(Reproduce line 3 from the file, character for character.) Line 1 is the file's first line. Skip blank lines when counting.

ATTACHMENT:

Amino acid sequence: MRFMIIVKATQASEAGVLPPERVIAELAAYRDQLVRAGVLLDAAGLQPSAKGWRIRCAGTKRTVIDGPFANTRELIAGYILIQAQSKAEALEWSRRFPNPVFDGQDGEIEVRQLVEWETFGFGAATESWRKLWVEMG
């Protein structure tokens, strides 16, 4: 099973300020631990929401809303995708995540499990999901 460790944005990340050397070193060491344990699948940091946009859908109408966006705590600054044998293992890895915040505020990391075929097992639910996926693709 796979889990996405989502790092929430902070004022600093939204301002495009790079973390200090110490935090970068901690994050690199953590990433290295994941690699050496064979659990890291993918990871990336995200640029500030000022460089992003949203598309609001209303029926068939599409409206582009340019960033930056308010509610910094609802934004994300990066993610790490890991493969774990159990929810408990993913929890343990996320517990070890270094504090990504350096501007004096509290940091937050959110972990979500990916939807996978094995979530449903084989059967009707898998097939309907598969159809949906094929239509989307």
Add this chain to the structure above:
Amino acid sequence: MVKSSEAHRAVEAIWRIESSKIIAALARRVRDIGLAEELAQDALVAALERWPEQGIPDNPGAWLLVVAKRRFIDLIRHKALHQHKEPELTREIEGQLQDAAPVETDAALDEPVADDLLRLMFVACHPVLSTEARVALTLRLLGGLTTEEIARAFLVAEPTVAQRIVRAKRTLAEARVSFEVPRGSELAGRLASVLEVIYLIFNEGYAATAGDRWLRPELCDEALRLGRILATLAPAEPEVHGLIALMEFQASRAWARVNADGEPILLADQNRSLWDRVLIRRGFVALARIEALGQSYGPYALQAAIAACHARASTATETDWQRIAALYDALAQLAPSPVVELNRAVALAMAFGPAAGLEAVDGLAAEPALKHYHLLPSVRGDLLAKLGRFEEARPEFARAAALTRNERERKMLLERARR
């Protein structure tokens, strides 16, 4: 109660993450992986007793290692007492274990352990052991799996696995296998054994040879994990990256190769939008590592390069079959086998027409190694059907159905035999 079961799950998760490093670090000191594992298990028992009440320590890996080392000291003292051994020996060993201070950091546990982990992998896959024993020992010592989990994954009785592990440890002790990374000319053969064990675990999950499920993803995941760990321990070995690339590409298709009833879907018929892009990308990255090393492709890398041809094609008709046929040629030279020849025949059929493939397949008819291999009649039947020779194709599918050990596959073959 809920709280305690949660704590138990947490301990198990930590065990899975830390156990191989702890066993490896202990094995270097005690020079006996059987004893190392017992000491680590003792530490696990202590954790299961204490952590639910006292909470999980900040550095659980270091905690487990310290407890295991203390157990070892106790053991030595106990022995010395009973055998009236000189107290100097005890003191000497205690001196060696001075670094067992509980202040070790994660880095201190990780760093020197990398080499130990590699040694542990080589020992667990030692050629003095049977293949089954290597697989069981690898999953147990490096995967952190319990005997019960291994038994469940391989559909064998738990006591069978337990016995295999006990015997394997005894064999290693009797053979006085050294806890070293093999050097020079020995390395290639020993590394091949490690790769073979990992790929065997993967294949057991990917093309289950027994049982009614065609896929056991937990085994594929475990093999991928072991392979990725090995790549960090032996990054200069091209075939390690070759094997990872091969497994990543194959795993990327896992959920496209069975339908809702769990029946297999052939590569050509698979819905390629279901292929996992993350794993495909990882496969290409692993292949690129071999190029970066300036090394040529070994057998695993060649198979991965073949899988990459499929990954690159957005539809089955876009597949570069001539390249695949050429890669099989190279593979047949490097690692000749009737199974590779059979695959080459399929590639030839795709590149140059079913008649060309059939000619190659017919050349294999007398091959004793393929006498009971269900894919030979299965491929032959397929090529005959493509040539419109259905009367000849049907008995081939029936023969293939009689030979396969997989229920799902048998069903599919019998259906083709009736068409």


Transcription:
Add this chain to the structure above: